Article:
Do you dare play the thinking game?

How much, and how often, do you think about the things that you’re doing?

Do you, for example, think about the act of walking as you go to work or to the shops? Or are you resolutely thinking about something else, and plugged into an iPod into the bargain?

Modern life seems to encourage us to keep motoring on to the next thing. And if, as FM Alexander notes you and I are like the vast majority of people, doing pretty much the same things each day, and thinking pretty much the same thoughts, it is very tempting to believe that we don’t need to think.* I mean, we know how to walk – don’t we?

But part of the reason why we have troubles with overdoing muscular effort, or just using the wrong muscles, in so many activities is that we’ve never really sat down and thought about what that activity actually requires.

What do you actually need to do to type on a keyboard? Use a mouse? Play a piano? Raise a teacup to your lips? Do you know?

For the next week, I want you to play and experiment. Pick an activity – something simple.

Spend a little bit of time each day thinking about that activity.

  • What do you actually need to do to carry out that activity?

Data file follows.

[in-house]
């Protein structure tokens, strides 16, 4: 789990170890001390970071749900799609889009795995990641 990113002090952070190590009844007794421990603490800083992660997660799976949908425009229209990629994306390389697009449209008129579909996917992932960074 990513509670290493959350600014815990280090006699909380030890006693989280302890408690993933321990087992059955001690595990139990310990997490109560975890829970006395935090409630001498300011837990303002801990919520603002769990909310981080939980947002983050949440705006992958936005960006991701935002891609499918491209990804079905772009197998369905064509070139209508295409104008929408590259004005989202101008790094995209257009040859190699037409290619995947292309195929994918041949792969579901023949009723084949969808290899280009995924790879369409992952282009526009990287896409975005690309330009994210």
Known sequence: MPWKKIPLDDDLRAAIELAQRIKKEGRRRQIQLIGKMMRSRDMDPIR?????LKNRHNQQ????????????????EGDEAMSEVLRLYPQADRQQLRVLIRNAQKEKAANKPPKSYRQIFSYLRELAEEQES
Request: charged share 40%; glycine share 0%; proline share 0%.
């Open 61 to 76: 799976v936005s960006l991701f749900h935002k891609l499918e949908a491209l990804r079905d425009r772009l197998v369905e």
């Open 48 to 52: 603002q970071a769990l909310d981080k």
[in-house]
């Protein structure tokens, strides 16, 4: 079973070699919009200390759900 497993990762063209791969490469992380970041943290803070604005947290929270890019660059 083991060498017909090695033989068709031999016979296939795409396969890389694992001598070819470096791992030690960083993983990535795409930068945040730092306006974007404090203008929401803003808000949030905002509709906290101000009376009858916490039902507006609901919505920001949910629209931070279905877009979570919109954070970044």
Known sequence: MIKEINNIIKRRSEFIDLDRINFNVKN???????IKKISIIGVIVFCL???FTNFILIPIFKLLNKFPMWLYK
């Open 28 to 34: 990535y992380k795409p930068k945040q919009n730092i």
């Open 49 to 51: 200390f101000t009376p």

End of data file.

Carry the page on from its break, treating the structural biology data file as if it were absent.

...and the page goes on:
• Do you know what muscles or joints might be involved?
  • Does what you need to do change depending n external circumstances (different keyboard, different mug, etc)?

Spend just five minutes a day thinking about the activity you’ve chosen. By the end of the week, I’m hoping that you’ll have formed a clear idea of what that activity actually involves. You may even have started checking that against the reality of what you actually do.

Give it a go. Play. Experiment. If you have time, email and let me know the results, or ask me a question if you need to. Because if you give it a go, and if FM is right, you’ll have just begun the first step in creating a new kind of versatility and control over your mind and body. And that sounds like a pretty good thing to have.

* FM Alexander, Man’s Supreme Inheritance in the IRDEAT complete edition, p.65.
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